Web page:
Godslayer: Part VI

The black arrows stuck out of the hairy back of the goat, sending a deeper read running through the hair of the creature, more vivid than the pain it was covered in. The goat’s eyes were wide with pain and fear, its whole body shivering and shaking as it lay in the sand for Branch and Katsu. Branch approached it first and looked at the black arrows that had sunk deep into the poor animal’s back, killing it slowly. If he pulled them out, the shock alone would put the creature down. It bleated softly and he ran his clawed fingers along the neck of the animal.

“Where are they?” Branch whispered to the animal.

Of course, since it was an animal, it couldn’t communicate. It blinked and stared at Branch as its nostrils flared in agony. He looked back through the rocky pass that led to the heart of the island where Kaia, in her prideful ignorance, had marched during the battle of the Titan. Tamati would have gone with her, along with the goat. Tamati believed in Kaia and her mission to save their people. No matter what Branch said to him, he would obey Kaia to the end and they may have just found that end.

“Stay with the goat,” Branch looked at Katsu.

“I will come with you,” Katsu insisted.

“No,” Branch insisted firmly with his hand on the Shinobi’s shoulder. “This animal came all the way from Tokoia. It deserves to die with a familiar face near it.”

Katsu frowned at this and Branch flicked one of Katsu’s cuts to indicate that it was more about the fact that his ally was badly beaten already and less about the goat. Katsu was silent for a moment before nodding. If the Vark returned, Katsu would have a rough fight on his hands. Going through the rocky terrain to the heart of the island, Katsu would struggle even more. Branch nodded, saying his farewell to Katsu before he rose up and headed into the heart of the island.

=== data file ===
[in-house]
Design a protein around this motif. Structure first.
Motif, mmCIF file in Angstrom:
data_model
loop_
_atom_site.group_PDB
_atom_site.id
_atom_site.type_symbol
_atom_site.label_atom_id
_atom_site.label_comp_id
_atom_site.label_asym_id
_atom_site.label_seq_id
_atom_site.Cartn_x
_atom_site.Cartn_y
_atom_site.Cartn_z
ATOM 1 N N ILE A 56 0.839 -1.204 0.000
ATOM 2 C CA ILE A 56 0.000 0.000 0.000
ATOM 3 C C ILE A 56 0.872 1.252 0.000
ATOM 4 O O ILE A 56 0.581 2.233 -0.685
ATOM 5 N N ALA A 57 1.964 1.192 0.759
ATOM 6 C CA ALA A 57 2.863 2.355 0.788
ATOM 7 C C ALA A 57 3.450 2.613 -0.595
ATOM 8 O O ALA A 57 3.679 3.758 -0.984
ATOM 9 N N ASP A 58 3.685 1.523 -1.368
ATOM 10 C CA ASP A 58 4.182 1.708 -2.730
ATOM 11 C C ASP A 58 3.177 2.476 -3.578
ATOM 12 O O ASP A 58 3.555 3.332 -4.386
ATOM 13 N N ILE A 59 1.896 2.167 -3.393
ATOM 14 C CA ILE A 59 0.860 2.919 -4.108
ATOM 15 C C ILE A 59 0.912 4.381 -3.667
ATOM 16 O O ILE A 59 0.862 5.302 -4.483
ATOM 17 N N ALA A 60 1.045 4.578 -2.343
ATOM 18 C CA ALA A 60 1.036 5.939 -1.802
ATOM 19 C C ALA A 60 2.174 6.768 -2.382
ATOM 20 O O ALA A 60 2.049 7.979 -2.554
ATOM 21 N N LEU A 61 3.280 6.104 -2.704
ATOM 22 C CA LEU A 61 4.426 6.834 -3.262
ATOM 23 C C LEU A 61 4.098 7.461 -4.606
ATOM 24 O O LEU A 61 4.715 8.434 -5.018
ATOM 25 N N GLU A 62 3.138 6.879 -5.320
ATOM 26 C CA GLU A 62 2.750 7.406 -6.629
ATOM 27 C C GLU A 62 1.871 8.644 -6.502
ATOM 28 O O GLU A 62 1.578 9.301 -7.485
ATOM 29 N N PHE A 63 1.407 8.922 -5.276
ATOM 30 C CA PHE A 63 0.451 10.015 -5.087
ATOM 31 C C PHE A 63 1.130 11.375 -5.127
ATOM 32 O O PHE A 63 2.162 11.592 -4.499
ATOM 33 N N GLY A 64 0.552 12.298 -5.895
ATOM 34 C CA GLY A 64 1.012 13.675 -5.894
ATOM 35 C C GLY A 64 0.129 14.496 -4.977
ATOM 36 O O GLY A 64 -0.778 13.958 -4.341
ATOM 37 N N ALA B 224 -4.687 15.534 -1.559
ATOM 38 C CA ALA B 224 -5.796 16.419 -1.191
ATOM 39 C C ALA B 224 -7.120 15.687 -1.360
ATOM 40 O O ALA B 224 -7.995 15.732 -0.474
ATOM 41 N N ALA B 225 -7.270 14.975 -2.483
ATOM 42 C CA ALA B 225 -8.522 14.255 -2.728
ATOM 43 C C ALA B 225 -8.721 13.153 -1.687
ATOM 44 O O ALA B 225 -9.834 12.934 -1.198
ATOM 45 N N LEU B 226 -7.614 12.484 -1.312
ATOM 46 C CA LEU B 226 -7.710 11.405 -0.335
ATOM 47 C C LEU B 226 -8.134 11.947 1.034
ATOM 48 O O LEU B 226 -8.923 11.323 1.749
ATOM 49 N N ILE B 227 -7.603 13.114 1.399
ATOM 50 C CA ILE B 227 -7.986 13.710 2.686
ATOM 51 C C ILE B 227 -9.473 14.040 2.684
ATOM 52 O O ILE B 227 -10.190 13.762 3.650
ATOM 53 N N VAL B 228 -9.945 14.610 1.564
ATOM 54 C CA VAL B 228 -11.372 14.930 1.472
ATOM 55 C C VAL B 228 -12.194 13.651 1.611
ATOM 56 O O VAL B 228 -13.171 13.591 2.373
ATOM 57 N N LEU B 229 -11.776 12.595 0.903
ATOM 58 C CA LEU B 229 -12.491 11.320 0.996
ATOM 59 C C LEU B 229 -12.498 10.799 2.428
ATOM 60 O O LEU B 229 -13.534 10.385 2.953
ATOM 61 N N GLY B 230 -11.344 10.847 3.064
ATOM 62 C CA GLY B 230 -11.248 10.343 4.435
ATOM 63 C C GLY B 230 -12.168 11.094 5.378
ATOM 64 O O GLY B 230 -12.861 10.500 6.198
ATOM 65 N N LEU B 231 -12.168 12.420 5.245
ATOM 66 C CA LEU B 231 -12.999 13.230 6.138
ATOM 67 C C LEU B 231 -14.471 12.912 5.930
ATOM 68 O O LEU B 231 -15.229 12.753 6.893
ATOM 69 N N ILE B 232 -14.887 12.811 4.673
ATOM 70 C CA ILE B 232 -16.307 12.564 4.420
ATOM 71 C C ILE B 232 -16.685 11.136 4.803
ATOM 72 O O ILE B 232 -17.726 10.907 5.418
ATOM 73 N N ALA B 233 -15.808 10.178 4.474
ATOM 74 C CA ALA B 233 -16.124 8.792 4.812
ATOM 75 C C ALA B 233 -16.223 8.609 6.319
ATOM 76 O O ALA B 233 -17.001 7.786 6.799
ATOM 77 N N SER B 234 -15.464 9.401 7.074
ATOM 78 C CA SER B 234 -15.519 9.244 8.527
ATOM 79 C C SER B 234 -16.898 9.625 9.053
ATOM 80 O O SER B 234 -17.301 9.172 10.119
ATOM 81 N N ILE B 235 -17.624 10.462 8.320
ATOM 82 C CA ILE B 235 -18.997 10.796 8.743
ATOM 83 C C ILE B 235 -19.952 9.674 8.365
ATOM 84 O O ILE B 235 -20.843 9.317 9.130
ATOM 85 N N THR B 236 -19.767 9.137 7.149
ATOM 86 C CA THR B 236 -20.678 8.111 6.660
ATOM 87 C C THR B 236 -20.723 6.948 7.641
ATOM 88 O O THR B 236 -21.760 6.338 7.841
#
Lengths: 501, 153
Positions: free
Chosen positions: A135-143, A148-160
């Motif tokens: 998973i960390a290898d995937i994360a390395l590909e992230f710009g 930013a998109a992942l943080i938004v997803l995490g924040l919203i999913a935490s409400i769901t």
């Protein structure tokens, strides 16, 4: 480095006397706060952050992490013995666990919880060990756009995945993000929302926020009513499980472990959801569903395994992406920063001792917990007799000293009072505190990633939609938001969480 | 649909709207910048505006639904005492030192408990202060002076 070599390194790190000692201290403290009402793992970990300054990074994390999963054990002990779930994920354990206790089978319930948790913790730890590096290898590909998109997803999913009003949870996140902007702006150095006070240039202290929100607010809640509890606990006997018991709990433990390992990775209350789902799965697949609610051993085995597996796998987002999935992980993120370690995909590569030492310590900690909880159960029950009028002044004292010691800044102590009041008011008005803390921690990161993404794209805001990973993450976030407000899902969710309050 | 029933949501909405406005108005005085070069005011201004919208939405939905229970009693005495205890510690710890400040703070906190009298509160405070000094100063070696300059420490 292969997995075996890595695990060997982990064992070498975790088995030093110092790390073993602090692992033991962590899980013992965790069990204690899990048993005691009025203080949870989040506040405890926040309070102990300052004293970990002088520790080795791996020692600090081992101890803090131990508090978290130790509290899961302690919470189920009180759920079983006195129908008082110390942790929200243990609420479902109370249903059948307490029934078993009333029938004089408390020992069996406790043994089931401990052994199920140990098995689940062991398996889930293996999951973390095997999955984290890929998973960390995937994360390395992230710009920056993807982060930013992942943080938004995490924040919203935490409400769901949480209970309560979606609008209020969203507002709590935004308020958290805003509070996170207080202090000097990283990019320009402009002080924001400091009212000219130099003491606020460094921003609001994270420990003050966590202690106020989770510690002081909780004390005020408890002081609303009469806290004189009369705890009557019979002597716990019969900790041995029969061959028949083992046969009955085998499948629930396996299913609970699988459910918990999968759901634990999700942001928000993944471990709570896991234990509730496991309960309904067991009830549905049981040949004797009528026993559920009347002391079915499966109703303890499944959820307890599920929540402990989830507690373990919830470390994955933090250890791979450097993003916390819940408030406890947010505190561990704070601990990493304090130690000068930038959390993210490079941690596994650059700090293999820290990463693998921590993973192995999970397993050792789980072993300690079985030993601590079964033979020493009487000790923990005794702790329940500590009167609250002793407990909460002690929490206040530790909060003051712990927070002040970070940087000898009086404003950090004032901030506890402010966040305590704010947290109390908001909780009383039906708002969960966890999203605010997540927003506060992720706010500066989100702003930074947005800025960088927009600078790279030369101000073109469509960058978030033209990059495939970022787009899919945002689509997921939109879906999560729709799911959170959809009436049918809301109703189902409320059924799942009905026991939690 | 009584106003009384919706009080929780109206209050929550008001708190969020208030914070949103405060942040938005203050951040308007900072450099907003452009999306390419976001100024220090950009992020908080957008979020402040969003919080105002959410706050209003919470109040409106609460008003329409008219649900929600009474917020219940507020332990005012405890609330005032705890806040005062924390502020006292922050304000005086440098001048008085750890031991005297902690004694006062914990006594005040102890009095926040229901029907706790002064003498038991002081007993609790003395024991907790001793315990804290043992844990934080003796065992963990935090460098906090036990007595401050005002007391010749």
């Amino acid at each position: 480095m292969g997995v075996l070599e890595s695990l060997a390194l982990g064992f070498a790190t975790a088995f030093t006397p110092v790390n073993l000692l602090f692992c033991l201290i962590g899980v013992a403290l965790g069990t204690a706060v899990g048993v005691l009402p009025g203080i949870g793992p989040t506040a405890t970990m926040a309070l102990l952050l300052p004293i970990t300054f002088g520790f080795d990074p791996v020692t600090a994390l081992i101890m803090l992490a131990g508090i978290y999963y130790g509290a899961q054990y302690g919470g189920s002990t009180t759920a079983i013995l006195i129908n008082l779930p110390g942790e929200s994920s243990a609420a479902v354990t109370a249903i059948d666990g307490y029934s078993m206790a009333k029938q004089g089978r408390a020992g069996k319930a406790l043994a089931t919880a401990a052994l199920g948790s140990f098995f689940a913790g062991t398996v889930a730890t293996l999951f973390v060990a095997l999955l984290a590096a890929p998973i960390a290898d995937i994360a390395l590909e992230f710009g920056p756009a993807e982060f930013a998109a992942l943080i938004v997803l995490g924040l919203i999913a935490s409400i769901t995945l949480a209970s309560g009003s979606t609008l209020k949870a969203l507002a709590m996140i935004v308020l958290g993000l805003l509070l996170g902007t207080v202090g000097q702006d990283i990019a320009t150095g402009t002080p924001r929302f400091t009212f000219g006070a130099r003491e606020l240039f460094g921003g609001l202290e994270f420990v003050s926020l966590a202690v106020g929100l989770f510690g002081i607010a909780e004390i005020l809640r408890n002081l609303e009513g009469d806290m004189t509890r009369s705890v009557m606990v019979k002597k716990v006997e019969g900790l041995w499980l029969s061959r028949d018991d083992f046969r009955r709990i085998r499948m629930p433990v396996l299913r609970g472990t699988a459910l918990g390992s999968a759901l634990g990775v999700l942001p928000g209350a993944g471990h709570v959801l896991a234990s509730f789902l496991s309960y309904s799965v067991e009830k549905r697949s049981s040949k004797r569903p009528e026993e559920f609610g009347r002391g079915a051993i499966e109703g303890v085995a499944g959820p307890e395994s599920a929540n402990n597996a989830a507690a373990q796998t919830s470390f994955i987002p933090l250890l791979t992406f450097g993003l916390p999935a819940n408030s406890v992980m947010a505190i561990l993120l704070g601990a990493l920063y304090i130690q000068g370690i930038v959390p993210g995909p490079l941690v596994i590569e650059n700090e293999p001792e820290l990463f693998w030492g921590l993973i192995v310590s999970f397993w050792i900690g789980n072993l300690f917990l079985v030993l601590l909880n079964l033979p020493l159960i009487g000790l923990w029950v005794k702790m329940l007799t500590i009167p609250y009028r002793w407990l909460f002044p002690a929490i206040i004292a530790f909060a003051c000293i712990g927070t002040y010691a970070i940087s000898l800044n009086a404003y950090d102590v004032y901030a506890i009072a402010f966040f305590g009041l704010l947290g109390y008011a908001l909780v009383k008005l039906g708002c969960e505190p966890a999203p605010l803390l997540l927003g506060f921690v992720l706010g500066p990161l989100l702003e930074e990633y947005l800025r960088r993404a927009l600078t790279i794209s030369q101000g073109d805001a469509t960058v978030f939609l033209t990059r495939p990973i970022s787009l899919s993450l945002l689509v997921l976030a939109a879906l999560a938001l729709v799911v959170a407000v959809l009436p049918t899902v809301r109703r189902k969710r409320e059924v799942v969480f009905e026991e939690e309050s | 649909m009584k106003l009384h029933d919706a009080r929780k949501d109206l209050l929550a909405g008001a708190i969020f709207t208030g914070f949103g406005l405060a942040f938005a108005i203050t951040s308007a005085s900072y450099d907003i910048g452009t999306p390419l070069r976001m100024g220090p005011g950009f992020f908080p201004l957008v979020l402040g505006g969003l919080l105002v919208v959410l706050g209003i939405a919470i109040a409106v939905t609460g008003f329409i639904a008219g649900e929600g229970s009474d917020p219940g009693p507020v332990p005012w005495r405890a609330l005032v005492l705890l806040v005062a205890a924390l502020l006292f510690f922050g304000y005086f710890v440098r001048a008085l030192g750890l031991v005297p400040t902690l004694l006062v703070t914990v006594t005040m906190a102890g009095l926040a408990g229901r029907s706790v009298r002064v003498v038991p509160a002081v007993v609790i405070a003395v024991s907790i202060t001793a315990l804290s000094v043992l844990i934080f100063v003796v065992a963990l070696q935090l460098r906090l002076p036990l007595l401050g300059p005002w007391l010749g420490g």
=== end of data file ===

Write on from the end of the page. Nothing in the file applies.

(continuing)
The Vark were not a stagnant people, a people who just sat around and waited. Branch had been fighting Vark for many years, well, he did once upon a time, before Mirella had frozen him. The Centurions were fascinated with trying to convince the Florans into marching into the Black Highway to face the Vark, but they were terrified of the dark. So when word reached them of a Floran who wasn’t mindless or fanatical and was more than willing to go down into the dark, the reclamation work began. The things Branch saw down in the second layer of the world was staggering. Cities built by primordial cultures, infested with Vark as old as time itself and he had killed them. But, he saw what they had done to those places, how they had forged armor, build weapons, carved great statues, and dug their own tunnels. And when the preparations were done, they raided the surface again and again through the breaches in the Black Highway, pulling survivors down into the dark and plundering before vanishing back into the darkness.

But here, the Vark had nothing. They had hacked away at the mountains, searching for veins of malleable ore, but they found only the brittle and hard volcanic rock. They had hacked the trees down and stripped the ships that had floundered on the shore, repurposing everything they could scavenge, but there was only so much for them to do before hunger, time, and madness took its toll on them.

There were no females on the island, which the Vark were so eager to corrupt and transform to build their numbers. Sailors from Illythia were too superstitious to have female sailors on their ships and they were guaranteed to start a fight among the men who couldn’t control themselves and fell prey to the madness of the sea. So there was no breeding, no labor, and the Vark were notoriously fearful of the water, for whatever unknown reason. This left the island as a desolate prison for the Vark and Branch understood why they were so eager to attack anyone who landed on the island. Violence was a reprieve from the monotony of their existence.

Branch scrambled over the rocks of the pass, making his way up the slope between the two mountains. Looking over his shoulder, he could see Katsu stroking the neck of the goat, keeping it company in its last moments. He looked back to the path in front of him and made his way over the crest, seeing the trap that had been waiting for Tamati and Kaia as they had made their way past Wiremu’s last fight.

For as much killing that Branch had done in his lifetime, his impervious nature made him a terrible tracker. For Branch, subtle was not announcing his intent when he kicked in the door of his foes’ home. He couldn’t read footprints or follow anything. He was a last resort for desperate people who knew where to point him, like a trebuchet bringing down a fortress. You didn’t need subtlety and insight to completely obliterate something. You just needed to know where to aim the thing.